That the glory of God is the highest and last end of the work of redemption is confirmed by the song of the angels at Christ’s birth. Luke 2:14, “Glory to God in the highest, and on earth, peace and good will towards men.” It must be supposed that they knew what was God’s last end in sending Christ into the world: and that in their rejoicing on the occasion of his incarnation, their minds would be most taken up with, and would most rejoice in that which was most valuable and glorious in it; which must consist in its relation to that which was its chief and ultimate end. And we may further suppose that the thing which chiefly engaged their minds, as what was most glorious and joyful in the affair, is what would be first expressed in that song which was to express the sentiments of their minds, and exultation of their hearts.

The glory of the Father and the Son is spoken of as the end of the work of redemption, in Philippians 2:6–11, very much in the same manner as in John 12:23, John 12:28, John 13:31–32, and John 17:1, John 12:4–5. “Who being in the form of God…  made himself of no reputation, and took upon him the form of a servant, and was made in the likeness of men: and being found in fashion as a man, he humbled himself, and became obedient unto death, even the death of the cross: wherefore God also hath highly exalted him, and given him a name, etc… that at the name of Jesus every knee should bow… and every tongue confess, that Jesus is the Lord, to the glory of God the Father.” So God’s glory, or the praise of his glory, is spoken of as the end of the work of redemption, in Ephesians 1:3 ff., “Blessed be the God and Father of our Lord Jesus Christ, who hath blessed us with all spiritual blessings in heavenly places in Christ: according as he hath chosen us in him… Having predestinated us to the adoption of children… to the praise of the glory of his grace.” And in the continuance of the same discourse concerning the redemption of Christ, in what follows in the same chapter, God’s glory is once and again mentioned as the great end of all. Several things belonging to that great redemption are mentioned in the following verses: such as God’s great wisdom in it (Ephesians 1:8). The clearness of light granted through Christ (Ephesians 1:9). God’s gathering together in one all things in heaven and earth in Christ (Ephesians 1:10). God’s giving the Christians that were first converted to the Christian faith from among the Jews, an interest in this great redemption (Ephesians 1:11). Then the great end is added, “That we should be to the praise of his glory, who first trusted in Christ” (Ephesians 1:12). And then is mentioned the bestowing of the same great salvation on the Gentiles, in its beginning or first fruits in the world, and in the completing it in another world, in the two next verses. And then the same great end is added again, “In whom ye also trusted, after that ye heard the word of truth, the gospel of your salvation: in whom also, after that ye believed, ye were sealed with the Holy Spirit of promise, which is the earnest of our inheritance, until the redemption of the purchased possession, unto the praise of his glory” (Ephesians 1:13–14). The same thing is expressed much in the same manner, in 2 Corinthians 4:14–15,  “He which raised up the Lord Jesus, shall raise up us also by Jesus, and shall present us with you. For all things are for your sakes, that the abundance of grace might through the thanksgiving of many, redound to the glory of God.”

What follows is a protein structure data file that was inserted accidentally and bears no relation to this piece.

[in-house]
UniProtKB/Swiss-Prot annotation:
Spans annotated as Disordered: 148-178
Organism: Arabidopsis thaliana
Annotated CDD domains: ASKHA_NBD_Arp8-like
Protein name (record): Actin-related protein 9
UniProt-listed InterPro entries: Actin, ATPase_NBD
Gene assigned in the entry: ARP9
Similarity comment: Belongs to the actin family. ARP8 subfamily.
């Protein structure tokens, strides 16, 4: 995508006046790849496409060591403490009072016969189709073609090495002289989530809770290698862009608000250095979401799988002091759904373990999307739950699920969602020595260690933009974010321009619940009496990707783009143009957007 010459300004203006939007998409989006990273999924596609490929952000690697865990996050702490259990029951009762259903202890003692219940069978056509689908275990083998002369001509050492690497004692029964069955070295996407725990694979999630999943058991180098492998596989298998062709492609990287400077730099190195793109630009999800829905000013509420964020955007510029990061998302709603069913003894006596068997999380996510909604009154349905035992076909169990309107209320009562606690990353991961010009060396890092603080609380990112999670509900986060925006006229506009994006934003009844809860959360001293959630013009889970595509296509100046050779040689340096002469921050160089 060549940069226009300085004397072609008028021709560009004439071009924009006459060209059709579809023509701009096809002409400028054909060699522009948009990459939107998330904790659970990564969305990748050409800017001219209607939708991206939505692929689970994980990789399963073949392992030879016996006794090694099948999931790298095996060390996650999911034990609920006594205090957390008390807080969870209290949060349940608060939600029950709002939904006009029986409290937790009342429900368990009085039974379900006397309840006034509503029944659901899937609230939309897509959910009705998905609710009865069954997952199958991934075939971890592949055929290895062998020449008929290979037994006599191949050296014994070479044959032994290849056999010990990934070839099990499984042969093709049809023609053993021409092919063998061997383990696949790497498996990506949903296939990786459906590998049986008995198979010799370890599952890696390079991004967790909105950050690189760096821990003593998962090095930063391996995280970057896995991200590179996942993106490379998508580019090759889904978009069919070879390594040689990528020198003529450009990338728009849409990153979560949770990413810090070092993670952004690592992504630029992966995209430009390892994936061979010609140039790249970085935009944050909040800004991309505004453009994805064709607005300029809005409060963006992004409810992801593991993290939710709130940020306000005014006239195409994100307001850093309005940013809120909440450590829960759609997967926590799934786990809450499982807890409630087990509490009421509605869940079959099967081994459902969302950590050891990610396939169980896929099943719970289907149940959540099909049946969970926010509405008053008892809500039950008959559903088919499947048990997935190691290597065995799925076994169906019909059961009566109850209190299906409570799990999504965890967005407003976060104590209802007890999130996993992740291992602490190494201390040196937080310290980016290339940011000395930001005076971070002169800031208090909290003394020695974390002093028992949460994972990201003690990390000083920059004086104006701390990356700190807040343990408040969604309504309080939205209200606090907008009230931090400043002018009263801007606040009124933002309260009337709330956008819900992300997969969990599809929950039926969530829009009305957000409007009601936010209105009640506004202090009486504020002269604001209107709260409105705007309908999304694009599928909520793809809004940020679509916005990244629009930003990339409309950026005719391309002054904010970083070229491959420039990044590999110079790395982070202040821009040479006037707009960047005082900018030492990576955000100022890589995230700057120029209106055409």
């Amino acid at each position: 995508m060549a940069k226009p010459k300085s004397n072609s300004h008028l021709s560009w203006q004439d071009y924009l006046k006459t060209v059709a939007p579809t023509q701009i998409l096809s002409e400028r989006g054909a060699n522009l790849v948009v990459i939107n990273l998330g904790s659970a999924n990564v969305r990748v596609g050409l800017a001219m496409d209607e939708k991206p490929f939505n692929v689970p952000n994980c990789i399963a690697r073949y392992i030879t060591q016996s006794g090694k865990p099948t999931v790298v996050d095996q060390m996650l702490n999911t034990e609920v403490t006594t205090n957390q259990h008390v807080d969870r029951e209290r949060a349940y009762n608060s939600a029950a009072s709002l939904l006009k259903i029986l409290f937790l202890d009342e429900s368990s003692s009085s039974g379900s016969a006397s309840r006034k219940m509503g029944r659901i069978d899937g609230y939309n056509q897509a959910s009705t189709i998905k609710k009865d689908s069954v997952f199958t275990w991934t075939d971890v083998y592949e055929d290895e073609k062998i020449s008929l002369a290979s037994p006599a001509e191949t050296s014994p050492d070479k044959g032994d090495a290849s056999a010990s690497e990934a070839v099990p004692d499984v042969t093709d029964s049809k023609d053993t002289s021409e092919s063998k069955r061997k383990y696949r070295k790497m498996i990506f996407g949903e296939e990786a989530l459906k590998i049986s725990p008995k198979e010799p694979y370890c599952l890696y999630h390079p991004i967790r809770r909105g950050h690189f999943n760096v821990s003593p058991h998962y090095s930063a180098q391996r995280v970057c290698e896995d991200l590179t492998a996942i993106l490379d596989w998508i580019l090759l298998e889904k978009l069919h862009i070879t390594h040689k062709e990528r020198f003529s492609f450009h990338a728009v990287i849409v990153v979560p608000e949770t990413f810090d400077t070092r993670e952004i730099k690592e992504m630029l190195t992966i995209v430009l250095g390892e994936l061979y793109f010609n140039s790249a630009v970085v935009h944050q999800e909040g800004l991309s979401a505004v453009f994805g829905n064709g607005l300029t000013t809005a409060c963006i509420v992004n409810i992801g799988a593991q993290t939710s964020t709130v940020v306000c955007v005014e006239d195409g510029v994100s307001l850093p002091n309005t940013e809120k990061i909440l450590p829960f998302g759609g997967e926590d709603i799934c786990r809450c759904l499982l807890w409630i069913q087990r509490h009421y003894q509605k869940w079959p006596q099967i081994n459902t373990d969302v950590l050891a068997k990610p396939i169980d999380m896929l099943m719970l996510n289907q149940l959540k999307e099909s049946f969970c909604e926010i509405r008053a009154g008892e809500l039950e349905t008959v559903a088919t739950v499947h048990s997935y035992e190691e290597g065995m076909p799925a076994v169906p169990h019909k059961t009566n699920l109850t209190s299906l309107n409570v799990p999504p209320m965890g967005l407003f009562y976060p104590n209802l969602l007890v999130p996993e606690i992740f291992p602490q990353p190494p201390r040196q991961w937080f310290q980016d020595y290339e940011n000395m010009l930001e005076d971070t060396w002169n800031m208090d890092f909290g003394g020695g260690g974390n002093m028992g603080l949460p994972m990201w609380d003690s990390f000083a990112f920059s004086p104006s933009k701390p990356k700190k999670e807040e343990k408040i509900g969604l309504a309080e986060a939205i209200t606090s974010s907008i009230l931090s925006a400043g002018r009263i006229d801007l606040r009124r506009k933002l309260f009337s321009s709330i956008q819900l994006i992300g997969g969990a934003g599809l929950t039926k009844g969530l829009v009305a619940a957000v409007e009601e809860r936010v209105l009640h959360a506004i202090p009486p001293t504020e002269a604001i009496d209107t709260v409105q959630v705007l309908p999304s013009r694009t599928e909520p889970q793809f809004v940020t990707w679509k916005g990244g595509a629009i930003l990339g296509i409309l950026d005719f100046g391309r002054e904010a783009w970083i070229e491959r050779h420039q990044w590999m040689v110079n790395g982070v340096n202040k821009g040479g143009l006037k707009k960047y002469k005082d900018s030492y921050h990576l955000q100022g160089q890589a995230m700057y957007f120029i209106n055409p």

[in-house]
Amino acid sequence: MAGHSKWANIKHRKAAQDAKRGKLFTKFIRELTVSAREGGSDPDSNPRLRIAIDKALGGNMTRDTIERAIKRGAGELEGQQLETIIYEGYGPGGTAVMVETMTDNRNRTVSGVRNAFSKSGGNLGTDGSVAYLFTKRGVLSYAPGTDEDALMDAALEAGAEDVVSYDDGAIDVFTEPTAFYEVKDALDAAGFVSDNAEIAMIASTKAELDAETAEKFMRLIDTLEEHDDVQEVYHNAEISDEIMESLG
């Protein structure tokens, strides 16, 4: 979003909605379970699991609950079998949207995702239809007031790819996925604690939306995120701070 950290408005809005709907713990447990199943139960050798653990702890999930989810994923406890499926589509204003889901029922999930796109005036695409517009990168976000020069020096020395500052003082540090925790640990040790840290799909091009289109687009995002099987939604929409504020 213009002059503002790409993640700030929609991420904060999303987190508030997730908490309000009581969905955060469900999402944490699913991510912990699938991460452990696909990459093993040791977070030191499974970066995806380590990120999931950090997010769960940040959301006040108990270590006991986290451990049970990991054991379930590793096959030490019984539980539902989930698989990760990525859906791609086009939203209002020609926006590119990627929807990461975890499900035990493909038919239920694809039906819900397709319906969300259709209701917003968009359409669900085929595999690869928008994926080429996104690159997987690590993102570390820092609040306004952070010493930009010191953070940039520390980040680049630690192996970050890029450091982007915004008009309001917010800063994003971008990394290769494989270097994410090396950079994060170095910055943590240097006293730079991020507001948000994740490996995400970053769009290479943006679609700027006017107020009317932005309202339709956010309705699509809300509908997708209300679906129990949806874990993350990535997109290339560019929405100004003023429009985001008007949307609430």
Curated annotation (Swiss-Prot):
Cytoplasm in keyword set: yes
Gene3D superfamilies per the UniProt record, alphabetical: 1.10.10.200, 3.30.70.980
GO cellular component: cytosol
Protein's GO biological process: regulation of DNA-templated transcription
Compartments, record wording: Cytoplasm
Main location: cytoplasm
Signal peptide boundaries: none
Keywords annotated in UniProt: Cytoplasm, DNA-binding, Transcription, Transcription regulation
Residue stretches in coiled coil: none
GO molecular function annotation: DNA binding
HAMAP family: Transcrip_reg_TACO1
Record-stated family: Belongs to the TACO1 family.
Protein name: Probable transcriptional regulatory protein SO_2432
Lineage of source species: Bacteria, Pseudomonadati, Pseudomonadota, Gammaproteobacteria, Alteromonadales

—Jonathan Edwards
“Concerning the End for which God Created the World,” The Works of Jonathan Edwards, 486–488.